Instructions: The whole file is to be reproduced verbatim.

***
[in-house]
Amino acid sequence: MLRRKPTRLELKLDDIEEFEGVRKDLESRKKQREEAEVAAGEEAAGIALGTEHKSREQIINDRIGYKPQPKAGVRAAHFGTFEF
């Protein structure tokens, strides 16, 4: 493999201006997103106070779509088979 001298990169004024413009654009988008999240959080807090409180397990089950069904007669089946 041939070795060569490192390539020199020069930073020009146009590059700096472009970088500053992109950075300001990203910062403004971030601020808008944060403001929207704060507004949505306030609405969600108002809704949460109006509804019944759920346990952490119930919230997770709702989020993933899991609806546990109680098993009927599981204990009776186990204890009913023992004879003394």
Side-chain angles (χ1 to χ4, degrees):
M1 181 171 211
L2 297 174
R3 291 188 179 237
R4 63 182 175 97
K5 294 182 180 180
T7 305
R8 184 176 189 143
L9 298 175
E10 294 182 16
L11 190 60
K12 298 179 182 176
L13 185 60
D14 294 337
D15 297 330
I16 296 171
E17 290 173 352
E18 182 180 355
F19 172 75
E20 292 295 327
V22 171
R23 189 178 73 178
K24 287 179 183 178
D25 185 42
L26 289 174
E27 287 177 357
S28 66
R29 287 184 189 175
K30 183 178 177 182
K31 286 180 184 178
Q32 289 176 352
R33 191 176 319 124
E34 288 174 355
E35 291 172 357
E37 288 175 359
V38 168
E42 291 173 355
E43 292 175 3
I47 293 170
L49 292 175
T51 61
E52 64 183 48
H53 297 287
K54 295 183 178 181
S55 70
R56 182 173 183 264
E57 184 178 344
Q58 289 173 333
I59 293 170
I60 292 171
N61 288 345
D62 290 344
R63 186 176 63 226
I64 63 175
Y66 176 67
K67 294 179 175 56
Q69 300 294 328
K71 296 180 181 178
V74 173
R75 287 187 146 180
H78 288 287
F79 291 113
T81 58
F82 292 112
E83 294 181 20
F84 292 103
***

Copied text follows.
[in-house]
Amino acid sequence: MLRRKPTRLELKLDDIEEFEGVRKDLESRKKQREEAEVAAGEEAAGIALGTEHKSREQIINDRIGYKPQPKAGVRAAHFGTFEF
């Protein structure tokens, strides 16, 4: 493999201006997103106070779509088979 001298990169004024413009654009988008999240959080807090409180397990089950069904007669089946 041939070795060569490192390539020199020069930073020009146009590059700096472009970088500053992109950075300001990203910062403004971030601020808008944060403001929207704060507004949505306030609405969600108002809704949460109006509804019944759920346990952490119930919230997770709702989020993933899991609806546990109680098993009927599981204990009776186990204890009913023992004879003394």
Side-chain angles (χ1 to χ4, degrees):
M1 181 171 211
L2 297 174
R3 291 188 179 237
R4 63 182 175 97
K5 294 182 180 180
T7 305
R8 184 176 189 143
L9 298 175
E10 294 182 16
L11 190 60
K12 298 179 182 176
L13 185 60
D14 294 337
D15 297 330
I16 296 171
E17 290 173 352
E18 182 180 355
F19 172 75
E20 292 295 327
V22 171
R23 189 178 73 178
K24 287 179 183 178
D25 185 42
L26 289 174
E27 287 177 357
S28 66
R29 287 184 189 175
K30 183 178 177 182
K31 286 180 184 178
Q32 289 176 352
R33 191 176 319 124
E34 288 174 355
E35 291 172 357
E37 288 175 359
V38 168
E42 291 173 355
E43 292 175 3
I47 293 170
L49 292 175
T51 61
E52 64 183 48
H53 297 287
K54 295 183 178 181
S55 70
R56 182 173 183 264
E57 184 178 344
Q58 289 173 333
I59 293 170
I60 292 171
N61 288 345
D62 290 344
R63 186 176 63 226
I64 63 175
Y66 176 67
K67 294 179 175 56
Q69 300 294 328
K71 296 180 181 178
V74 173
R75 287 187 146 180
H78 288 287
F79 291 113
T81 58
F82 292 112
E83 294 181 20
F84 292 103